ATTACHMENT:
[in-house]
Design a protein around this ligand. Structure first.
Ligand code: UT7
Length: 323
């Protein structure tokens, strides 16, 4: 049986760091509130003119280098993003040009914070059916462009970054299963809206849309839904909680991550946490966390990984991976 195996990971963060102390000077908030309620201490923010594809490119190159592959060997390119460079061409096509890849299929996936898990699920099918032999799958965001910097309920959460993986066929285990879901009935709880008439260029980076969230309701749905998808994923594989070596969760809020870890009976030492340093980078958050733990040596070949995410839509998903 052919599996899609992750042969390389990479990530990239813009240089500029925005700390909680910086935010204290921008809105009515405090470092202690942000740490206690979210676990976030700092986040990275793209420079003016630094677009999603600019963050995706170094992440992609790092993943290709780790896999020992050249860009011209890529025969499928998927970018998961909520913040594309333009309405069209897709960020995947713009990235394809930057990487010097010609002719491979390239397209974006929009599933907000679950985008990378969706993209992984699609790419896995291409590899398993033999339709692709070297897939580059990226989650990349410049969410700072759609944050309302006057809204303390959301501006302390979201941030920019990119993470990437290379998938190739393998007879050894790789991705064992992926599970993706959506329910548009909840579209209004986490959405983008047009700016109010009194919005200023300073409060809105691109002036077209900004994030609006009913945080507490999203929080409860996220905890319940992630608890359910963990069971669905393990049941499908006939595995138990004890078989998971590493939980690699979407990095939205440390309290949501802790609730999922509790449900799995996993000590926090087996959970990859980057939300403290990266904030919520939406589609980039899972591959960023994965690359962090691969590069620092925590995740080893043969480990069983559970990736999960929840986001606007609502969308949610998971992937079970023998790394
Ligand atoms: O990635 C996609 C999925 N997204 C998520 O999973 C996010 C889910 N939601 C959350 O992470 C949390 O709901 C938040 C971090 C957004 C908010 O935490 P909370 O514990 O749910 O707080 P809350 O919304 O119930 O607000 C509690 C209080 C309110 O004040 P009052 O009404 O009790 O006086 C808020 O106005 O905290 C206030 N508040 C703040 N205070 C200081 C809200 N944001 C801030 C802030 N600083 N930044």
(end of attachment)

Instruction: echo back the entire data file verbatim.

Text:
[in-house]
Design a protein around this ligand. Structure first.
Ligand code: UT7
Length: 323
């Protein structure tokens, strides 16, 4: 049986760091509130003119280098993003040009914070059916462009970054299963809206849309839904909680991550946490966390990984991976 195996990971963060102390000077908030309620201490923010594809490119190159592959060997390119460079061409096509890849299929996936898990699920099918032999799958965001910097309920959460993986066929285990879901009935709880008439260029980076969230309701749905998808994923594989070596969760809020870890009976030492340093980078958050733990040596070949995410839509998903 052919599996899609992750042969390389990479990530990239813009240089500029925005700390909680910086935010204290921008809105009515405090470092202690942000740490206690979210676990976030700092986040990275793209420079003016630094677009999603600019963050995706170094992440992609790092993943290709780790896999020992050249860009011209890529025969499928998927970018998961909520913040594309333009309405069209897709960020995947713009990235394809930057990487010097010609002719491979390239397209974006929009599933907000679950985008990378969706993209992984699609790419896995291409590899398993033999339709692709070297897939580059990226989650990349410049969410700072759609944050309302006057809204303390959301501006302390979201941030920019990119993470990437290379998938190739393998007879050894790789991705064992992926599970993706959506329910548009909840579209209004986490959405983008047009700016109010009194919005200023300073409060809105691109002036077209900004994030609006009913945080507490999203929080409860996220905890319940992630608890359910963990069971669905393990049941499908006939595995138990004890078989998971590493939980690699979407990095939205440390309290949501802790609730999922509790449900799995996993000590926090087996959970990859980057939300403290990266904030919520939406589609980039899972591959960023994965690359962090691969590069620092925590995740080893043969480990069983559970990736999960929840986001606007609502969308949610998971992937079970023998790394
Ligand atoms: O990635 C996609 C999925 N997204 C998520 O999973 C996010 C889910 N939601 C959350 O992470 C949390 O709901 C938040 C971090 C957004 C908010 O935490 P909370 O514990 O749910 O707080 P809350 O919304 O119930 O607000 C509690 C209080 C309110 O004040 P009052 O009404 O009790 O006086 C808020 O106005 O905290 C206030 N508040 C703040 N205070 C200081 C809200 N944001 C801030 C802030 N600083 N930044």